Category Archives: Confidence Convention

Saskatchewan Needs a New Lieutenant Governor Forthwith


W. Thomas Molloy, the Lieutenant Governor of Saskatchewan, died in office on 2 July at the age of 78, and he was laid to rest on 13 July in Saskatoon.[1] This leaves his family and friends in mourning. And it … Continue reading

Posted in Confidence Convention, Constitution (Conventional), Corporation Sole, Crown (Powers and Office) | 4 Comments

Death by Deadlock: The Fate of the Gallant Government


By James Bowden and Lyle Skinner  Table of Contents Executive Summary. 1 Introduction. 1 First Principles and Rationales in Forming Governments. 3 The Lieutenant-Governor’s First Duty Under Responsible Government 3 The Incumbent Government Stays In Office Unless the Assembly or … Continue reading

Posted in Caretaker Convention, Confidence Convention, Constitution (Conventional), Crown (Powers and Office), Formation of Governments | 3 Comments

What The Conservative-DUP Agreement Says about Votes of Confidence Under the Fixed-Term Parliaments Act


The Conservative and Unionist Party and the Democratic Unionist Party have finally hammered out a supply agreement that would give May’s minority government a parliamentary majority. You can read it here: Confidence and Supply Agreement between the Conservative Party and the … Continue reading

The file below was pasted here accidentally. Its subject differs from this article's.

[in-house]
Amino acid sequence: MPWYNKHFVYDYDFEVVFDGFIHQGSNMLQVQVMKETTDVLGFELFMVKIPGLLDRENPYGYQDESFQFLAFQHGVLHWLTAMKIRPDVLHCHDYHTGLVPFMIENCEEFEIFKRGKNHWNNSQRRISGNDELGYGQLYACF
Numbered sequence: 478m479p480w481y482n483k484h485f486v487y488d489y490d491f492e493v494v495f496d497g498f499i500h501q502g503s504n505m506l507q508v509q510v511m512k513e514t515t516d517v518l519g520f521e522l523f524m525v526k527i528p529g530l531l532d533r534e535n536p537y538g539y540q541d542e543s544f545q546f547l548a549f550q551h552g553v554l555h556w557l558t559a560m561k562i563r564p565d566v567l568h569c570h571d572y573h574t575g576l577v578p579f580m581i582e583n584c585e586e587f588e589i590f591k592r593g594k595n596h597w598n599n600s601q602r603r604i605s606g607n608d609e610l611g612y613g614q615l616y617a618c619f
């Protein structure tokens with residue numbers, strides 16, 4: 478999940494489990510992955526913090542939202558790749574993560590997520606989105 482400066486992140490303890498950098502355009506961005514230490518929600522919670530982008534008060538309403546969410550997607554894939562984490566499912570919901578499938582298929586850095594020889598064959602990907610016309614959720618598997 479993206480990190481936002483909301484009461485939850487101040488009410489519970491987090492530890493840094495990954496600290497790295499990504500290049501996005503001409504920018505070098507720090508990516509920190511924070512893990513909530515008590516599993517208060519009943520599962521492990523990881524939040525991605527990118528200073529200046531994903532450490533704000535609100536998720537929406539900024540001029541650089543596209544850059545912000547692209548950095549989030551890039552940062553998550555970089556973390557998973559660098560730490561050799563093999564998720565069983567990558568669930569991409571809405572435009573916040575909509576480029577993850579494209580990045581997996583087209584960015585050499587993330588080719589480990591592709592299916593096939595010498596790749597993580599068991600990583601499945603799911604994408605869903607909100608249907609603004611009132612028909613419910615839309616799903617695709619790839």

Posted in Confidence Convention, Fixed-Date Elections, Formation of Governments | 2 Comments

The Cabinet Manual and Votes of Confidence under the Fixed-Term Parliaments Act


The Cabinet Manual As Explanatory Guide The Cabinet Manual: A Guide to Laws, Conventions, and Rules on the Operation of Government has proven its worth, both within Whitehall and amongst the wider British public. On 9 June, once the results … Continue reading

Posted in Confidence Convention, Constructive Non-Confidence, Fixed-Date Elections | 5 Comments

On Collective Ministerial Responsibility and Impeachment


Introduction: Ian Brodie’s Article in The Dorchester Review Ian Brodie, one of Stephen Harper’s former chiefs of staff who served him both as Leader of Her Majesty’s Loyal Opposition and as Prime Minister, contributed an interesting article to the most recent … Continue reading

Posted in Articles and Books, Confidence Convention, Dorchester Review, Parliamentary Privilege, Responsible Government, Reviews and Critiques, Separation of Powers | 6 Comments